Today, Senator Rob Ortt (R,C,I,Ref-North Tonawanda) and his colleagues in the Senate passed Senate Bill 4741-A, known as “Stephen’s Law,” which will allow authorized guardians and caregivers to receive notifications when medical care or rehabilitation appointments are missed by individuals in recovery programs.
Introduced in December of 2018, Stephen’s Law is named after Stephen Canastraro, Jr. On the morning of August 24, 2018, the mother of Stephen Canastraro, Jr. went to wake him, only to find him cold and unresponsive. In the days prior to his death, Stephen demonstrated warning signs of relapse to his health providers including missed appointments and drug use.
Under the laws at the time, health providers were not required to inform authorized guardians of the relapse signs, and neither Stephen's mother nor Save the Michaels, Stephen’s recovery assistance organization, were notified of his missed appointments or positive drug screens in the days before Stephen’s death.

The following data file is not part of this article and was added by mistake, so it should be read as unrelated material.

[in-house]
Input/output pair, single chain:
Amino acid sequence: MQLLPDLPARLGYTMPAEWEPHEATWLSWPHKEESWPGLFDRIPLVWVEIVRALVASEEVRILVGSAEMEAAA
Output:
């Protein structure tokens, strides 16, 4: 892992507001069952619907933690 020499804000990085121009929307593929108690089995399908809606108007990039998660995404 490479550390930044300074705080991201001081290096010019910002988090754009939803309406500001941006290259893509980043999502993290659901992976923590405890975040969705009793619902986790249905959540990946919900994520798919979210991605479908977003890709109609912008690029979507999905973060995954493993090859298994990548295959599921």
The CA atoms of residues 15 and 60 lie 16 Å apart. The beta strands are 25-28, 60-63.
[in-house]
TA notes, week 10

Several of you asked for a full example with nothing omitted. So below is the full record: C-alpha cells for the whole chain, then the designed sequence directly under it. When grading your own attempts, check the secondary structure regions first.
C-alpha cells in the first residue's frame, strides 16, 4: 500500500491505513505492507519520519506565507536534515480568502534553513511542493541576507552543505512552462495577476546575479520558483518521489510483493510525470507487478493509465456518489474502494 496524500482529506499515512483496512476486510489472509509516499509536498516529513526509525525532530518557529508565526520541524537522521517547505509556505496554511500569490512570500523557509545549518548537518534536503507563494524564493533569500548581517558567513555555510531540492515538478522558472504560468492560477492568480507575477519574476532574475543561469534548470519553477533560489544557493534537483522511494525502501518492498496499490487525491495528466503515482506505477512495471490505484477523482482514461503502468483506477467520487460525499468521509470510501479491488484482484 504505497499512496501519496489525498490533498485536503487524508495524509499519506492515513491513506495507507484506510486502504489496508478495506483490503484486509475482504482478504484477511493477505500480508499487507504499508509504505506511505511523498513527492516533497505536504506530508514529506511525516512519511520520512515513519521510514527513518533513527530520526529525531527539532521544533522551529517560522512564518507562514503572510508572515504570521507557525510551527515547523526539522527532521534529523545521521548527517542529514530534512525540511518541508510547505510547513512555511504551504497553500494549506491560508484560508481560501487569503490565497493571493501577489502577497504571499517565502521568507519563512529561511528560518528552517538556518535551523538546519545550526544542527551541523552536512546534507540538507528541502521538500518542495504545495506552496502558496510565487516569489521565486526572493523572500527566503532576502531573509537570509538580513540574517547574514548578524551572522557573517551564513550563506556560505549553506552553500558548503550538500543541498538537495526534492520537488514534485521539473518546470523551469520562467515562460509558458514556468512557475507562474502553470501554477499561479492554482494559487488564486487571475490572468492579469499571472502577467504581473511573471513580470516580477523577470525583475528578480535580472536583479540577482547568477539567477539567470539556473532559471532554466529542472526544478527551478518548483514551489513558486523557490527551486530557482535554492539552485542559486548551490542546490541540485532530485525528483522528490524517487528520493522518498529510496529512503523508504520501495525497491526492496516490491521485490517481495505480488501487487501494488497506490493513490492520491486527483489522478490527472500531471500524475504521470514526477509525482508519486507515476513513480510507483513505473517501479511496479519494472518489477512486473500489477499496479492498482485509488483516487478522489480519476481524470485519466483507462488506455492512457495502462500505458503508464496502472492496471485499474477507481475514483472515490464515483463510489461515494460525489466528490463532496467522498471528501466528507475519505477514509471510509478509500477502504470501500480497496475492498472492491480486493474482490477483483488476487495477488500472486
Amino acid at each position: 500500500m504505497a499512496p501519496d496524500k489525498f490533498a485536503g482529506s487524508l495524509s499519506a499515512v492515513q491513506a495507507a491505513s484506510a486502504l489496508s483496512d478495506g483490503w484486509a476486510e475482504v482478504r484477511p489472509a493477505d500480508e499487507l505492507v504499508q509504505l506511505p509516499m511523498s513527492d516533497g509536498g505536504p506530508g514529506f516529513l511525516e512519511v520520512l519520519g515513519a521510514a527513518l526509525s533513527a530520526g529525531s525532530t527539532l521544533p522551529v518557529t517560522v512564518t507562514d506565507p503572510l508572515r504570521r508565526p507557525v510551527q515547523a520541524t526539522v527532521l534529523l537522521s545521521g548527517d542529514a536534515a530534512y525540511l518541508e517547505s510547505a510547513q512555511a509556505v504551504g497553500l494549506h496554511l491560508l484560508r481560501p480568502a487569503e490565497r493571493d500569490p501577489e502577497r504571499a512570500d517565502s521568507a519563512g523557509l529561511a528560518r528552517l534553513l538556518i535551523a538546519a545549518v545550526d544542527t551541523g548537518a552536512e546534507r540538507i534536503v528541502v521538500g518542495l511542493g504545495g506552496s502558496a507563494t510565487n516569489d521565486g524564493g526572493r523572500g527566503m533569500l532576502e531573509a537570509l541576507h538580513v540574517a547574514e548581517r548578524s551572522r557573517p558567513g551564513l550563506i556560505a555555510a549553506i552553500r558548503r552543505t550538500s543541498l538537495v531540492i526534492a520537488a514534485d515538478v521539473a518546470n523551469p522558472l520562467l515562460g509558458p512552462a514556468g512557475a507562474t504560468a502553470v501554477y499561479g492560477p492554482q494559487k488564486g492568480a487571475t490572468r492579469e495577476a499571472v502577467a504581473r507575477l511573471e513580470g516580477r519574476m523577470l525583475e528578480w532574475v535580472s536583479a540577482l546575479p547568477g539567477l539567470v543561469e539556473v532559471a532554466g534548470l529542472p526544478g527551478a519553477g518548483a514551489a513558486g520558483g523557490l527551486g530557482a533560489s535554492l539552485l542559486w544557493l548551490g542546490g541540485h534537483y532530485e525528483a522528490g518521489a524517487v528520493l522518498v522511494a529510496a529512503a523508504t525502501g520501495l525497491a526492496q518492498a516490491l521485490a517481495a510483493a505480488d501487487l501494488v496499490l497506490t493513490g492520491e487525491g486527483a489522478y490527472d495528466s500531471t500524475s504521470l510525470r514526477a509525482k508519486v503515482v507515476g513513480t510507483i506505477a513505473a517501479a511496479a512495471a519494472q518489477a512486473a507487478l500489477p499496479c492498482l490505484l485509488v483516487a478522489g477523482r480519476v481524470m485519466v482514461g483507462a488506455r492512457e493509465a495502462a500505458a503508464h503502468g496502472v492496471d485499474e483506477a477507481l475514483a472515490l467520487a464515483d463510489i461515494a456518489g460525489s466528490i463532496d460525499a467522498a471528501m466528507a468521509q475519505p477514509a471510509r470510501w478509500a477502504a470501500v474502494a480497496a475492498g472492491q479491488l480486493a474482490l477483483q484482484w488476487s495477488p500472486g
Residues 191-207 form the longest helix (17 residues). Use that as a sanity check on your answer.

“Although the passing of this law was too late to help Stephen, the lives that are saved because of it will be in memory of him,” said Ortt. “The advocacy by Stephen’s mother, Angela, and treatment programs like Save the Michaels should be commended for helping get this legislation passed. I want to thank Sen. Harckham for co-sponsoring this legislation and working with me to help save lives.”
Under this legislation, medical providers would be required to call a patient's loved ones – individuals who already have the patient's consent to access their medical information – and inform them of observations that could be warning signs of relapse. Advocates believe this change would enable patients’ support networks to intervene when an issue arises and help save lives.